24 Hours In San Sebastian
Talk to anyone who’s visited San Sebastian and they’ll wax lyrical about the days on end you can spend bouncing between the beach and the bars ever-present in Parte Vieja, the cobblestone laden heart of the city. To be sure, San Sebastian – with its multiple Michelin-starred restaurants – is a city for foodies but it’s also home to a rich Basque culture that makes it a draw for travelers seeking a history and culture fix. Plus, the iconic crescent stretch of La Concha beach beckons to beach lovers from Europe and beyond. In 2015, we spent a week in Basque Country, split between the French and Spanish sides learning to understand the nuances of each Basque province and the iconic cities that make up Basque Country. After enjoying a few days in the city, I’m sharing my take on how to spend a perfect 24 Hours in San Sebastian.
Put on some comfortable footwear and take a stroll along the oft-photographed promenade towards San Sebastian’s iconic Old Town. Next, head for Monte Urgull, where you’ll be rewarded with stunning views of San Sebastian and La Concha after a hike to the top. Give yourself a couple of hours for the jaunt up; you’ll find yourself stopping every few minutes to capture snaps of the stunning Basque landscape that will grow beneath you. La Mota Castle along with a statue of Jesus a lá Christ the Redeemer in miniature sit at the top of Monte Urgull and act as your north stars for the journey. Once you’ve made it to the top, take the time to visit Urgulleko Historiaren
Food culture runs thick through San Sebastián’s veins. In a city that claims more Michelin stars per capita than any other city in the world it’s understandable that dining is absolutely central to the Basque Country experience. Pintxos, the Basque take on tapas, are ever-present at bars that line the streets of the Old Town, and you’re sure to find a few favorite bites as you navigate the old town’s maze of streets.
For newbies to the pinxtos experience, here’s what you really need to know: most bars will have a mouth-watering spread of cold, small bites available, and your first rendezvous will undoubtedly be sensory overload. With locals grazing and chatting, and bartenders pouring txacoli, an effervescent Basque white wine, from impressive heights, you’ll be temped to grab quickly. While you’d be hard-pressed to go wrong with pintxos, give yourself a moment and review the signs in the bar with house specialties scribbled in chalk. If you don’t see any, ask for guidance. Many of the real gems aren’t displayed at all; rather they’re prepped for you to order, a perfect bite to pair with your sip of wine. Plan on one or two pintxos along with a sip of wine or a small pour of beer (a caña) at each bar. Pintxos range in price but are typically around €2 – €4 each.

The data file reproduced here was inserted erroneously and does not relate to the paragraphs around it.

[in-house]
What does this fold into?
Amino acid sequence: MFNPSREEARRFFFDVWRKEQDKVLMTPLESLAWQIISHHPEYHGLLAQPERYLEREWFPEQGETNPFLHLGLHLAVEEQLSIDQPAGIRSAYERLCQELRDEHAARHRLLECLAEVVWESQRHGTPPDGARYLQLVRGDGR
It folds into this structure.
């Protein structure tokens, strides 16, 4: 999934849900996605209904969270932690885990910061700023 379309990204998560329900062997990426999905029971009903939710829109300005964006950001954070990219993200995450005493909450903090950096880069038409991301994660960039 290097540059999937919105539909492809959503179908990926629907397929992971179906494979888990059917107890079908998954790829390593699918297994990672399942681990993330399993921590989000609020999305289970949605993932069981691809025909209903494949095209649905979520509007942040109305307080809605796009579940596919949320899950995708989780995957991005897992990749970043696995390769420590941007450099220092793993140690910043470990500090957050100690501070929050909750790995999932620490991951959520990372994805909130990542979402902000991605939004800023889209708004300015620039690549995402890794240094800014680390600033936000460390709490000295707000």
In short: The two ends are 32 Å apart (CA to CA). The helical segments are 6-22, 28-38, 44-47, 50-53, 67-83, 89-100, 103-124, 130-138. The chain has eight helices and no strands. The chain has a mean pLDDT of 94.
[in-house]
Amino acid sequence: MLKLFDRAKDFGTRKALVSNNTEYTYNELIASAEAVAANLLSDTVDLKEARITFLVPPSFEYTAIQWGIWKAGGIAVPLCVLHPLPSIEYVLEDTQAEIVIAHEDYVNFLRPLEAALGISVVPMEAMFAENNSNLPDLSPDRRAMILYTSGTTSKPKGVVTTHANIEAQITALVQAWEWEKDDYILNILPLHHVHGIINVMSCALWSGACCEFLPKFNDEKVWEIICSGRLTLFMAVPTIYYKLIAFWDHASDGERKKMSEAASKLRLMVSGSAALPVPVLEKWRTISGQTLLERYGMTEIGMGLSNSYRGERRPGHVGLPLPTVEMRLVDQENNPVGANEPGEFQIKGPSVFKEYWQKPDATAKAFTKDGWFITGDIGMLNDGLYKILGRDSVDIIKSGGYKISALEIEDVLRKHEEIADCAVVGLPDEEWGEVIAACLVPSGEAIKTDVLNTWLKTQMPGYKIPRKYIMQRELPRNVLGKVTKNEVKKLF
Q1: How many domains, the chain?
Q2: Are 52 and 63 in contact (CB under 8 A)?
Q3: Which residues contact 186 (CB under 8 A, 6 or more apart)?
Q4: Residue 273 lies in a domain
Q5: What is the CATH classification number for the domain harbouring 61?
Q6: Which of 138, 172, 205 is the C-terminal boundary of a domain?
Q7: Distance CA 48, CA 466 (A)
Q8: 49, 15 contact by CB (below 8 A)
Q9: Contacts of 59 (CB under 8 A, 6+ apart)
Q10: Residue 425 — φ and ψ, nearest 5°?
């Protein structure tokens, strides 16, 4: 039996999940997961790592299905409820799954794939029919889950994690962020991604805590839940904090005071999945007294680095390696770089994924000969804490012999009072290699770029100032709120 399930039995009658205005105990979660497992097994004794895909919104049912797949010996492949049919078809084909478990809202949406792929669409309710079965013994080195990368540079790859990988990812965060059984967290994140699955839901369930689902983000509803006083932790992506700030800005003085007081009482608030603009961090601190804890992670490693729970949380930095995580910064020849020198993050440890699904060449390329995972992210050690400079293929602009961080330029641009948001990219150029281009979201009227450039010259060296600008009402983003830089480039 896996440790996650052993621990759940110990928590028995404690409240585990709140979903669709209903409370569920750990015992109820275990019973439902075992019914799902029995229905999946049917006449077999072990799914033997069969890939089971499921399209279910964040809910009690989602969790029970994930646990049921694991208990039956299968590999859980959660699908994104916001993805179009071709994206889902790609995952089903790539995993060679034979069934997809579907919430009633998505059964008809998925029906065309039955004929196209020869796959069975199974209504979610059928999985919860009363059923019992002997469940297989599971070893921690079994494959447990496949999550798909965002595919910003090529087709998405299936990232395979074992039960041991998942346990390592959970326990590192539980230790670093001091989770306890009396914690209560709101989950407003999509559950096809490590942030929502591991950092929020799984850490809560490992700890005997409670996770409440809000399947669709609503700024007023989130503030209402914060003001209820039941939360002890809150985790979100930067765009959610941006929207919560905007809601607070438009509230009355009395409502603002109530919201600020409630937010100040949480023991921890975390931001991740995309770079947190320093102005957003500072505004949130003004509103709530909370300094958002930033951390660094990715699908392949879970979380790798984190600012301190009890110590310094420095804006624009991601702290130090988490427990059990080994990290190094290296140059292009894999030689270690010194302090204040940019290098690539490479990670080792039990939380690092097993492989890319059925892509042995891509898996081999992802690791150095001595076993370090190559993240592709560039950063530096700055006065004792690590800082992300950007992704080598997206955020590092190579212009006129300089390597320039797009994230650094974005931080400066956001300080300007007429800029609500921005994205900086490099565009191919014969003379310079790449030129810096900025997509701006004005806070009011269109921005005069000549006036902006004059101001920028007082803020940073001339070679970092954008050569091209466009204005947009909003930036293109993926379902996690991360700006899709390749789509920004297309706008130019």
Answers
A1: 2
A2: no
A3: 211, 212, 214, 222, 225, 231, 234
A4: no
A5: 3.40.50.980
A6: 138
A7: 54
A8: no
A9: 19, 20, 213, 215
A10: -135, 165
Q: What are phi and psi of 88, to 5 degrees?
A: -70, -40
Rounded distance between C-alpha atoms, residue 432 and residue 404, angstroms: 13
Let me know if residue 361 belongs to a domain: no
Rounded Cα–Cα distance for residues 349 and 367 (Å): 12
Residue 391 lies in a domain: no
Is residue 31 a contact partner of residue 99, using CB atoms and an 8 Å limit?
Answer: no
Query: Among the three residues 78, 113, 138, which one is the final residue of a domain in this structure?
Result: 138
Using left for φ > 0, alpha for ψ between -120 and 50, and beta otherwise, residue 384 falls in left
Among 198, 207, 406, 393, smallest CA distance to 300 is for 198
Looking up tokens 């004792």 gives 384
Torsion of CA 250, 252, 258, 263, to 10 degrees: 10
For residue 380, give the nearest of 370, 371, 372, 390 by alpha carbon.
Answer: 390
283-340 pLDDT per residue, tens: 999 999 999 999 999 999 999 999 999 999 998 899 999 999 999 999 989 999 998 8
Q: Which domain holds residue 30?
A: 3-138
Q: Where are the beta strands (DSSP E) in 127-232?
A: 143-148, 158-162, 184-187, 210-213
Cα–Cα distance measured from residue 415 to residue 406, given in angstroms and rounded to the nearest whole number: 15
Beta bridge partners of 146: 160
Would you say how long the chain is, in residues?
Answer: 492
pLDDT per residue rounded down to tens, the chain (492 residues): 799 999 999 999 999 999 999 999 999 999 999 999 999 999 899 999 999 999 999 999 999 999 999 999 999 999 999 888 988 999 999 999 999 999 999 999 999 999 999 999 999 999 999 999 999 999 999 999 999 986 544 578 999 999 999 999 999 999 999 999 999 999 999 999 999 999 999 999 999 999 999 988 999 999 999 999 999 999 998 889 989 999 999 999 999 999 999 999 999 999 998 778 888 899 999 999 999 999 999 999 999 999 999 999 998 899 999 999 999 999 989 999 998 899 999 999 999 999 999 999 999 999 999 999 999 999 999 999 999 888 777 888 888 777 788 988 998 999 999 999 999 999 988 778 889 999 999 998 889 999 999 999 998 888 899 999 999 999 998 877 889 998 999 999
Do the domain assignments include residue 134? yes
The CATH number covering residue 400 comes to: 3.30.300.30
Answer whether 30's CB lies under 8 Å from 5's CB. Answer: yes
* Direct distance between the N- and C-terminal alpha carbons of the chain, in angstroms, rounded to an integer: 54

The afternoon is a leisurely time across Spain and San Sebastian is no different. Poke around the shops that line the Old Town and explore the quaint boutiques, bookstores, and gourmet food shops. Many shops close for a couple of hours in the afternoon for siesta so plan your shopping accordingly.
If you’re headed to San Sebastián in the warm summer months, a visit to the iconic La Concha beach is a must for a dose of Vitamin D, and the perfect place to let your post-lunch food coma take full effect. Active visitors may opt to test their hand at surfing in the bay, but a lazy afternoon taking in the views from one of Europe’s best beaches is absolutely acceptable.
First of all, get on Spanish time; that means mentally outlawing 6:30PM dinners. Dining in Spain happens notorious late by American standards, so expect the bars to start picking up around 8PM and continuing on until the later hours of the night. When it comes to dinner, you’ll be saddled with having to make a seriously difficult choice: pay a visit to one of the world-famous Michelin-starred restaurants or head out for another pintxos-fueled crawl through the Old Town.
The choice ultimately will depend on your food style but know that the experiences – and costs – are very different. Plan on making a hefty investment into your dinner at the likes of Arzak and Mugaritz (around €200 per person for the tasting menu, plus the cost drinks), though many foodies we’ve talked with will say that it was worth the expense. If you’re visiting San Sebastian as a group with more than two people, I would argue that a pintxos crawl is a more social and dynamic dining experience, even if you’ve already gotten a taste (literally) at lunchtime. The Old Town is replete with a number of great pintxos bars, each with its own characteristics and personality and no two experiences are the same. You can read about my top 5 pintxos bars in San Sebastian for inspiration, but her are five to put on your radar for a food crawl:
Atari Gastroteka ✧ Calle Mayor, 18, 20013 Donostia
Borda Berri ✧ Fermin Calbeton Kalea, 12, Donostia
Gandarias Jatetxea ✧ 31 de Agosto Kalea, 23, 20004 Donostia
A Fuego Negro ✧ Calle 31 de Agosto, 31, 20003 Donostia
Beti-Jai Berria ✧ Fermin Calbeton Kalea, 22, 20003 Donostia
Sure, you could easily repeat that same itinerary for days on end for the ultimate Basque Country escape, but even with just 24 hours in San Sebastian, this is a undoubtedly a day well spent.
How would you spend 24 hours in San Sebastian?